SCUSD navigates students’ experiences with Chrome extensions and the potential safety hazards that accompany them


Melina Kritikopoulos

SCUSD has removed many extensions from the Chrome Web Store in order to keep students safe and able to use their Chromebooks efficiently.

Recently, students and staff have noticed certain Google Chrome extensions have stopped functioning or have disappeared from their devices. Many assumed popular extensions like Nod and Grid were blocked by the Santa Clara Unified School District. 

Yet this is not the case. The system of keeping students safe online may be more complicated than it appears. According to Teacher on Special Assignment, Education Technology Michelle Brown, oftentimes, the loss of an extension has nothing to do with the district at all. She said SCUSD only actively blocks apps or extensions when they know the feature is defunct. 

“When it came to that point where it (an extension) becomes an orphaned extension, then we kind of blocked it,” Director of Technology Joe Ayala said. “Because it just wasn’t functioning anymore and it was causing more issues in support than it was any advantages in the classroom.”

Nod, for example, has been removed from the Chrome Webstore altogether – the doing of the developer, not SCUSD. Should an extension or application be blocked by the district, it would still appear in searches but not be downloadable. For Nod, this is not the case. 

Brown said the district is deliberate when approving extensions, primarily to maintain student safety and ease of using their school-issued devices. 

“We really care about… students adding things like Nod because it’s running over top of Meet…” Brown said. “If you have slow bar band or you’re in a house with a bunch of people sharing one router, we want to make sure that we’re not doing things that add excitement but not necessarily learning, and then make it harder for you.”

According to Brown, the benefits of Nod, like emojis and hand-raising, can be done in Meet itself with the built-in hand raising and chat features. As for sending extensions out for student use, there are extensive questions to consider before approval.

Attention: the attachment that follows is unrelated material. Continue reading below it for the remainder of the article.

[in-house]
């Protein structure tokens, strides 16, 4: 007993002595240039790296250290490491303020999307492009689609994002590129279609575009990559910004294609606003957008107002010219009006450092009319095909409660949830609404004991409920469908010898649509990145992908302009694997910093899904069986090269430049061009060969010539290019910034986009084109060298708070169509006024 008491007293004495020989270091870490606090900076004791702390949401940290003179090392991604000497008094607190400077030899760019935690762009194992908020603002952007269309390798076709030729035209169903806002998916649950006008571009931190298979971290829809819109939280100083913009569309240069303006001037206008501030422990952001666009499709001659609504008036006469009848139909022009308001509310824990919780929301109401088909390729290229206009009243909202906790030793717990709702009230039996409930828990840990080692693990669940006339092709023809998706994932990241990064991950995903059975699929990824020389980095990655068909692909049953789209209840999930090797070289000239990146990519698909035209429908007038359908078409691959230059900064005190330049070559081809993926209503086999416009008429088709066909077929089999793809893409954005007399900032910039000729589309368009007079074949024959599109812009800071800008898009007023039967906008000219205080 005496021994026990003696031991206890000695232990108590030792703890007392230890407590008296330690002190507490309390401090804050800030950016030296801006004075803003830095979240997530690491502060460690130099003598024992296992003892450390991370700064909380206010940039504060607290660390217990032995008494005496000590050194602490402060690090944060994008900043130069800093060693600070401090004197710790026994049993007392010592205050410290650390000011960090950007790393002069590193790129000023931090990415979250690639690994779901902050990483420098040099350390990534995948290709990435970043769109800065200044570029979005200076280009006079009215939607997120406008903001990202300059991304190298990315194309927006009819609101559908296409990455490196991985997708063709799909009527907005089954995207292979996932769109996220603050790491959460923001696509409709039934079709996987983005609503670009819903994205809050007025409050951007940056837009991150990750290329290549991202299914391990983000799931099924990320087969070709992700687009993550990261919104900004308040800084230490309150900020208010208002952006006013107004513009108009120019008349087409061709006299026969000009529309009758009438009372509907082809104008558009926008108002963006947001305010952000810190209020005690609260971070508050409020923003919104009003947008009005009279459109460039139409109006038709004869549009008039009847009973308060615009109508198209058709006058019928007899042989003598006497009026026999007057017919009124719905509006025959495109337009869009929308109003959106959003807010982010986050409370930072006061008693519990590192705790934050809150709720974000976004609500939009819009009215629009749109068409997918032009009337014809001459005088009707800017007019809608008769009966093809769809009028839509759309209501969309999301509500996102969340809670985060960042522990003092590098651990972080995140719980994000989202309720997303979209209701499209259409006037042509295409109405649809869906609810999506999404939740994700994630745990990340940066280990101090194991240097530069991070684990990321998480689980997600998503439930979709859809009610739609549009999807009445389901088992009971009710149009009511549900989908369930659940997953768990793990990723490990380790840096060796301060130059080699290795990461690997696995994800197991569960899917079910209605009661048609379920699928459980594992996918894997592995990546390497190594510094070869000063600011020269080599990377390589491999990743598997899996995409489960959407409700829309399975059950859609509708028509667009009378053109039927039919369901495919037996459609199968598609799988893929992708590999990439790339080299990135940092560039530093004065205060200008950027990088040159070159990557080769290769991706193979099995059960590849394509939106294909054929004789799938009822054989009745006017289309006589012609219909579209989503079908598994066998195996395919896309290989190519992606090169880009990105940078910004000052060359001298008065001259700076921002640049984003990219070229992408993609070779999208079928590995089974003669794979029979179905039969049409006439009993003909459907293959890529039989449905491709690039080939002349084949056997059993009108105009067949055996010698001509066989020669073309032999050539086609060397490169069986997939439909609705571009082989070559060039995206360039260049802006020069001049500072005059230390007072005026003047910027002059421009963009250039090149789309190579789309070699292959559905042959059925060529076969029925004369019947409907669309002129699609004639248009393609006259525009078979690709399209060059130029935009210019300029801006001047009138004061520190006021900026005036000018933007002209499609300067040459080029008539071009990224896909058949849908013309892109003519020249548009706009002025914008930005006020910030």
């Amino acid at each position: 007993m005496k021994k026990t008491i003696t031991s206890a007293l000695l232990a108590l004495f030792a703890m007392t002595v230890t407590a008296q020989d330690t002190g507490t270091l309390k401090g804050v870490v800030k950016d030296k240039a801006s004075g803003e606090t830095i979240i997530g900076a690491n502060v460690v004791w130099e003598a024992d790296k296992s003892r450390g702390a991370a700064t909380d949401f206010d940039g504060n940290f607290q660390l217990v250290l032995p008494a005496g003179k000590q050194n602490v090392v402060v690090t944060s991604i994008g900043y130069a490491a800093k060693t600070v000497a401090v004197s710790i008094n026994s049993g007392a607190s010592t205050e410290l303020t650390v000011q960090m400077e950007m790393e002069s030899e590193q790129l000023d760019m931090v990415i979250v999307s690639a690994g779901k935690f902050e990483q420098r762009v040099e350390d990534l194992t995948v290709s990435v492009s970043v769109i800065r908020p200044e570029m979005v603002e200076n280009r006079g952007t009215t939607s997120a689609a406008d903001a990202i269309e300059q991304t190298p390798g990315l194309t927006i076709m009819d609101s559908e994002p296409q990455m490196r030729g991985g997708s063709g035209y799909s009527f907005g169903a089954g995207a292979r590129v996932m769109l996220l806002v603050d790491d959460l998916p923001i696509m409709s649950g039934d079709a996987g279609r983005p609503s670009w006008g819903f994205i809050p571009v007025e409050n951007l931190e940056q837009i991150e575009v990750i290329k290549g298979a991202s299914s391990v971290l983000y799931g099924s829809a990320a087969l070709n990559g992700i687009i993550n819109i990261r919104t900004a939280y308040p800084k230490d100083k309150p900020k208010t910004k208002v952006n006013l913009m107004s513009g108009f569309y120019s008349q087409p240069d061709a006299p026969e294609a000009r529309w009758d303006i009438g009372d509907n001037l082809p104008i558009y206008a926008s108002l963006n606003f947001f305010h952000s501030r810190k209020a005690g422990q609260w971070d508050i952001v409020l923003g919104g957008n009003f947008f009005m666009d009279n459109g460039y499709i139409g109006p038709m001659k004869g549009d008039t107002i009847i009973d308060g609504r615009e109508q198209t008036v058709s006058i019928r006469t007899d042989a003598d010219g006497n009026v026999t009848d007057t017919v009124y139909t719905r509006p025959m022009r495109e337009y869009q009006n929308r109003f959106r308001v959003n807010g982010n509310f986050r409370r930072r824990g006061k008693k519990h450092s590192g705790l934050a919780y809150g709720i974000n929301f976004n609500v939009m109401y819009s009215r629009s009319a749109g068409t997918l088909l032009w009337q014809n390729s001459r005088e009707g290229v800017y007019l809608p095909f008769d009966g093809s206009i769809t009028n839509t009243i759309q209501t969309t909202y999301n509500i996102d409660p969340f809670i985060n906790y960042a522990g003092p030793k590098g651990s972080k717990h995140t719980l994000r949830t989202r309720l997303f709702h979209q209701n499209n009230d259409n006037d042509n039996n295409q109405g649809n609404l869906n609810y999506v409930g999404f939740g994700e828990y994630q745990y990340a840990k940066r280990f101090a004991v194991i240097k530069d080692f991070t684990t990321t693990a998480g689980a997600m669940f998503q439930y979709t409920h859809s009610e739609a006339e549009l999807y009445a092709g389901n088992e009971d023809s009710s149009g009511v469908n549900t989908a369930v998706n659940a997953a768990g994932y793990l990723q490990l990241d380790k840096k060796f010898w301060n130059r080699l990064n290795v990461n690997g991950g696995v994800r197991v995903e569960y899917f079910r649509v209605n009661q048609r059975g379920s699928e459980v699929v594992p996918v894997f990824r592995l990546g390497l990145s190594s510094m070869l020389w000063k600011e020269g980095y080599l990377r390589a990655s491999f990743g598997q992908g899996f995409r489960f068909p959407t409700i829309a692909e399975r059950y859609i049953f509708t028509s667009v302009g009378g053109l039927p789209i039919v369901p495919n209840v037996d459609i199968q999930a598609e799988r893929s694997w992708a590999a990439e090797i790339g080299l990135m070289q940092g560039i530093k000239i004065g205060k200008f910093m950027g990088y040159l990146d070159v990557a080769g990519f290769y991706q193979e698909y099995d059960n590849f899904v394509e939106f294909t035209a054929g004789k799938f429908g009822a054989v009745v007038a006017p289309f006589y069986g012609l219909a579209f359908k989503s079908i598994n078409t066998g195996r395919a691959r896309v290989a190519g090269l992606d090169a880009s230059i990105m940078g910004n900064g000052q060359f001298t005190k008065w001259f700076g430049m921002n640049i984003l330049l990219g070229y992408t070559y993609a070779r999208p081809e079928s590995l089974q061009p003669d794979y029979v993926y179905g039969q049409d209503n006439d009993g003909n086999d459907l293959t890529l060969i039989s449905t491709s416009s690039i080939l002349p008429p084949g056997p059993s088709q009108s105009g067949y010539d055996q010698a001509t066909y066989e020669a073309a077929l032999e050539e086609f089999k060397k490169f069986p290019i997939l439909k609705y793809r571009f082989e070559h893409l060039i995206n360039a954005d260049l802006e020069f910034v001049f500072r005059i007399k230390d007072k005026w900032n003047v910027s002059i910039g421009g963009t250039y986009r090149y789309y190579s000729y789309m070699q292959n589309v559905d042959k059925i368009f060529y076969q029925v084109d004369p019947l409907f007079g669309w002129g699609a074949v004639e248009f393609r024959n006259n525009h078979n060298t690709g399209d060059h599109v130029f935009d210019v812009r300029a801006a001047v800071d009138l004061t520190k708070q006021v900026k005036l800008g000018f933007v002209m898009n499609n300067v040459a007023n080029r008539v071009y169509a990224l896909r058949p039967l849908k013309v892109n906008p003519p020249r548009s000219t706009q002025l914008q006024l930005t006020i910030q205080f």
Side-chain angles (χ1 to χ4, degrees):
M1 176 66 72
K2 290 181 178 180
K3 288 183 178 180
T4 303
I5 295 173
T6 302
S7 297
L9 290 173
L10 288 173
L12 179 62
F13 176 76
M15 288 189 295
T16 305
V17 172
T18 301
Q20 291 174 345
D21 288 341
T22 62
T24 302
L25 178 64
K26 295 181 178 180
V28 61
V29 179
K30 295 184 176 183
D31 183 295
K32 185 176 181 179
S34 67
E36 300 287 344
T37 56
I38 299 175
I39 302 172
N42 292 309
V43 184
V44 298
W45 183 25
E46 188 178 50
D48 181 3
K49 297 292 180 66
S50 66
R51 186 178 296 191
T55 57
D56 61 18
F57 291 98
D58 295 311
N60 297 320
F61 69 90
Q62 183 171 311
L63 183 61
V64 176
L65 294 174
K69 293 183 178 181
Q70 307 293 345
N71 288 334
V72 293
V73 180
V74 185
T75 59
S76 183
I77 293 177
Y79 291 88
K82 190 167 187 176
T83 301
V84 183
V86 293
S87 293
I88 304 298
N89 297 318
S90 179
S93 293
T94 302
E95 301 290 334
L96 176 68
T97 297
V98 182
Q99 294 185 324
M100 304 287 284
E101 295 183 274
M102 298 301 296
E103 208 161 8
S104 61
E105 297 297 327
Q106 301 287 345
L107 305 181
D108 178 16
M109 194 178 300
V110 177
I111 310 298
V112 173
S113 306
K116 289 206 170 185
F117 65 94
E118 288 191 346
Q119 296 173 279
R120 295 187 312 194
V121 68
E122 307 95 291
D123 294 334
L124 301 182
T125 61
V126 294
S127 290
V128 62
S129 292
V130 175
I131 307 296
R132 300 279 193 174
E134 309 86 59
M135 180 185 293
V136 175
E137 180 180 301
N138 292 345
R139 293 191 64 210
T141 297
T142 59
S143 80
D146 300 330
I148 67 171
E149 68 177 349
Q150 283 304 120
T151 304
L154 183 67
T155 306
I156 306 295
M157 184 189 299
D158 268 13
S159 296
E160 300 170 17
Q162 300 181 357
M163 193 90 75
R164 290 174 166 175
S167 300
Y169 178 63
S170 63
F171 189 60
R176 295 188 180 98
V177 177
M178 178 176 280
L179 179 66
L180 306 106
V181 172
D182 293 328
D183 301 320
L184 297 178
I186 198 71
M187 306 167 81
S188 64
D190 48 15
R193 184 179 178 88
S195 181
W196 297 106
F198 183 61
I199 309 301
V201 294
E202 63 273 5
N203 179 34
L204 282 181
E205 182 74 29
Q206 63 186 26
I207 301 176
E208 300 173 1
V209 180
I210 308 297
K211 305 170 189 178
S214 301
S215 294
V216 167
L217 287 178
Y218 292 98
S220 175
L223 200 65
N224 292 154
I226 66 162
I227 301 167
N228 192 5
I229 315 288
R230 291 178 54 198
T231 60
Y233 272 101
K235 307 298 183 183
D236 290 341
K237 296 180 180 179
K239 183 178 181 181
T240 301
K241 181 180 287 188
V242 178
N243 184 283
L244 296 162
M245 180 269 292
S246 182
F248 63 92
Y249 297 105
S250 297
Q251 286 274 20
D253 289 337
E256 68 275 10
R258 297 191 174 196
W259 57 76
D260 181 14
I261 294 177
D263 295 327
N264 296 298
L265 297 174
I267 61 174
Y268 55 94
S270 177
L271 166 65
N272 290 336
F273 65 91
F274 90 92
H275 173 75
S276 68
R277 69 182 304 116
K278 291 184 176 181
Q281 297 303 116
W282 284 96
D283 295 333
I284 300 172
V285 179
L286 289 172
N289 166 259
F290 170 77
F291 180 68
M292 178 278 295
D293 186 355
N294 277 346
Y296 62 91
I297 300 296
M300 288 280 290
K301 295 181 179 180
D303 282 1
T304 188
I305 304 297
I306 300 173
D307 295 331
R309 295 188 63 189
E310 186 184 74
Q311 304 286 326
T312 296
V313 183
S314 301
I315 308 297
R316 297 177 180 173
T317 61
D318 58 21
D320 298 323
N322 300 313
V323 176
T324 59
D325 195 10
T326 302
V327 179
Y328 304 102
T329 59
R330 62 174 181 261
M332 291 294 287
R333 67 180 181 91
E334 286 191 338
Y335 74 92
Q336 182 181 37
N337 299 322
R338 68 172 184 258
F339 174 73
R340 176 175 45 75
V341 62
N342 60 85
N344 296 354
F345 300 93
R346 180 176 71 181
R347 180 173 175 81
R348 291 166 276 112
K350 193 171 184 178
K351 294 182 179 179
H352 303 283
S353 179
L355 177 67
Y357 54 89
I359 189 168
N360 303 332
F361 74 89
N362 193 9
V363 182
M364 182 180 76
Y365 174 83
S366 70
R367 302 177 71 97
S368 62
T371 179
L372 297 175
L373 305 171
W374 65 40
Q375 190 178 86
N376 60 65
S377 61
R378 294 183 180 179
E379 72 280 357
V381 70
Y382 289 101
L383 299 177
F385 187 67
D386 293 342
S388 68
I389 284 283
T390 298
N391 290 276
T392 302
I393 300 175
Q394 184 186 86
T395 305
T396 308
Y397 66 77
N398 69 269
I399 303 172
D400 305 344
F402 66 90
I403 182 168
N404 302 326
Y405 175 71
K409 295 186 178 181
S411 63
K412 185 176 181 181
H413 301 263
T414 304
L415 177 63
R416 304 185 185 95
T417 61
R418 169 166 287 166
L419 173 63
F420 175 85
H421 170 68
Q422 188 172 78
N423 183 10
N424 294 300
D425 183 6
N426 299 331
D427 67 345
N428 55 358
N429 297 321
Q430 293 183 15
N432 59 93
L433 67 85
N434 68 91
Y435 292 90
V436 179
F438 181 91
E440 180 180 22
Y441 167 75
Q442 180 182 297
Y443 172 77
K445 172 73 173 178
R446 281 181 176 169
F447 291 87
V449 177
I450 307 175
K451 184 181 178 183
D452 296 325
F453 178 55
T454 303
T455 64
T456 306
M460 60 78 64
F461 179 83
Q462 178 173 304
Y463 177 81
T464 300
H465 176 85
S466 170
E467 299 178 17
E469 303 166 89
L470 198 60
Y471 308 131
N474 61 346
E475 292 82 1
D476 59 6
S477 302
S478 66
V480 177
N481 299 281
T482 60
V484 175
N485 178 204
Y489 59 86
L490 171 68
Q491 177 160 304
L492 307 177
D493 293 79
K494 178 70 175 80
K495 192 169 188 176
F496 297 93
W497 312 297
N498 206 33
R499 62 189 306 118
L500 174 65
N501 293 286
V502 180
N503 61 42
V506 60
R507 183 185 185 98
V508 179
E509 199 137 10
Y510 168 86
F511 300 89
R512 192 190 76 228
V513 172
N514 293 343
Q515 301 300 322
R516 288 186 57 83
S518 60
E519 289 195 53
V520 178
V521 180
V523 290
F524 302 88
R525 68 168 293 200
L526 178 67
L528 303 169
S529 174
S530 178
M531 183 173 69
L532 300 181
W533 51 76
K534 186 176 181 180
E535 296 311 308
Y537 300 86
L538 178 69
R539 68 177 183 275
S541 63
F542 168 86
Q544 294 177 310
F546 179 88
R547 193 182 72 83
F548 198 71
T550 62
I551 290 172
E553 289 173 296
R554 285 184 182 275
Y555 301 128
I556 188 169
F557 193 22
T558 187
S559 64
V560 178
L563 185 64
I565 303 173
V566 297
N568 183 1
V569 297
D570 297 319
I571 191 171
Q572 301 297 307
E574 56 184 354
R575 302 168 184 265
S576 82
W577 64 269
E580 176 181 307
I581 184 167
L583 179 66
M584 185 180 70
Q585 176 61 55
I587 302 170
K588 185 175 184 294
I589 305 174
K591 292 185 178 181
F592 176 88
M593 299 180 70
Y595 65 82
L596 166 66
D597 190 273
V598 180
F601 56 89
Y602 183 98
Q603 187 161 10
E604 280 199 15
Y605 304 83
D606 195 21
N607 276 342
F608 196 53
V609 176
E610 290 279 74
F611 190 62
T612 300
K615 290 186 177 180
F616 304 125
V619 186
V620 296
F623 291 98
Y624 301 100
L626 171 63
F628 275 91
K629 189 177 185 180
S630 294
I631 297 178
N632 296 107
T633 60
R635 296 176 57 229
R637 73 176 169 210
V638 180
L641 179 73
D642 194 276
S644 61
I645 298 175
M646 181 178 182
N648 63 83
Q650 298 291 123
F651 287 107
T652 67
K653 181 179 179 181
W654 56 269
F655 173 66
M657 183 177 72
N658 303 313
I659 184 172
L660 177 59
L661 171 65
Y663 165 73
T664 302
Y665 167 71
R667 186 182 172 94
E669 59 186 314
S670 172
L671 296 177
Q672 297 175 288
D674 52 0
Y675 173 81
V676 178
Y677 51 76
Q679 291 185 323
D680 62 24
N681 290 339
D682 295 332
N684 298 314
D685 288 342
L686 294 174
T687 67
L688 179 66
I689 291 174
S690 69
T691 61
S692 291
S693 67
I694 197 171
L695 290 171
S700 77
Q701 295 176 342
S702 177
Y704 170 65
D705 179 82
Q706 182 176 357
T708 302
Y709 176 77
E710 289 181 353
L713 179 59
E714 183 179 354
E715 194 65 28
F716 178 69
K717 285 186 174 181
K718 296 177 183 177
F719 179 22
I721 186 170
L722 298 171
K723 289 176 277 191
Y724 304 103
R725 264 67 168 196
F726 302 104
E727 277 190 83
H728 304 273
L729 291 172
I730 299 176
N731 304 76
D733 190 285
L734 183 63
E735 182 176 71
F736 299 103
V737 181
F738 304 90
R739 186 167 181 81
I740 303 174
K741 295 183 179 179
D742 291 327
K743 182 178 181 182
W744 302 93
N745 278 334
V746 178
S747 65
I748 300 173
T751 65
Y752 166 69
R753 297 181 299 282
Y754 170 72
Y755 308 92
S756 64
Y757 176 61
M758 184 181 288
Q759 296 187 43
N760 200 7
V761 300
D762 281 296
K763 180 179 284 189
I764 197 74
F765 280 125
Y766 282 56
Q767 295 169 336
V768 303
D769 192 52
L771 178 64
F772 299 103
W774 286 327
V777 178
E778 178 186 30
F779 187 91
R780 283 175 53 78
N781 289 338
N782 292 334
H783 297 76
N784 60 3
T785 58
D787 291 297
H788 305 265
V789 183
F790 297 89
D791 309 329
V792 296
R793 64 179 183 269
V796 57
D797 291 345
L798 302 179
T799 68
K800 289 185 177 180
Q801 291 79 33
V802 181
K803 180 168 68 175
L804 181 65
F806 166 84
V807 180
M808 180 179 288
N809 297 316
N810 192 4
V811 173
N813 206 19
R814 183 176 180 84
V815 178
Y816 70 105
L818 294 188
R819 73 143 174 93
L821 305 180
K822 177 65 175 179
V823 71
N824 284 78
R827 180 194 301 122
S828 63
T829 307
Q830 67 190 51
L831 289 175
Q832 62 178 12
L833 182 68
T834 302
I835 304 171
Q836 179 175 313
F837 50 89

“Typically, a teacher can get any extension that they want. And then they have to request it with a help ticket if they want to push that ticket out to a student,” Ayala said. “One of the things we check is will this extension try to steal students’ data? Because we have to – by law – we have to make sure that we protect your guys’s data… and we want to make sure it’s secure, that they’re not using our data maliciously.”

Oftentimes, teachers will find a Chrome extension for free that provides a real benefit to their classrooms, but once the extension is researched by IT, it is found to be malicious. 

“That’s disappointing for a lot of teachers, that they find this thing and it’s really, really good. And it’s free,” Brown said. “The reason that it’s free is because they’re collecting student’s data and selling it.” 

Some teachers, however, have not found difficulties in losing extensions, just slight inconveniences. 

“The GridView extension put the names in alphabetical order, and Google doesn’t do that. So that (losing GridView) was just another inconvenience,” Spanish teacher Jennifer Herrera said. “I mean, none of this is absolutely essential to teaching, but they (extensions) were cool things to have and cool little things that made your life a little bit easier.”

Overall, students enjoy using extensions, and for some with personal devices, downloading them on a non-school account aids their distance learning experience. 

“My personal extensions help me with time management, and also so I can stay on track for school, meetings, notes – really whatever I need,” junior Alison Von Raesfeld said. 

Other students find that personal applications can be of extra assistance in completing assignments. 

“I do have an app on my phone called Speechify that allows words or docs to be scanned and read out loud really fast,” sophomore Clemente Beltran-Castro said. “I use this for history and for English when I get articles and such… The advantages of having these are that I can get my work done faster and more efficiently and sometimes neater.”

For Von Raesfeld, Kami, a PDF annotation app that is available for students on Chromebooks, gives her an upperhand in the virtual classroom.

“For classes such as Chem and Link Crew, and even some other classes once in a while, I use Kami for notes or assignments,” Von Raesfeld said. “They (extensions) help a lot, so I know what assignments still need to be done by looking at my process.” 

Yet no matter how many positives there are in an app or extension, it comes down to the developer. If the extension is removed or takes data from students, it simply cannot be used. SCUSD can only help navigate the use of safe and available extensions, and strive to protect students.

“The internet is great, but it can also be dangerous and harmful,” Brown said. “We want you to have exposure to all the great.”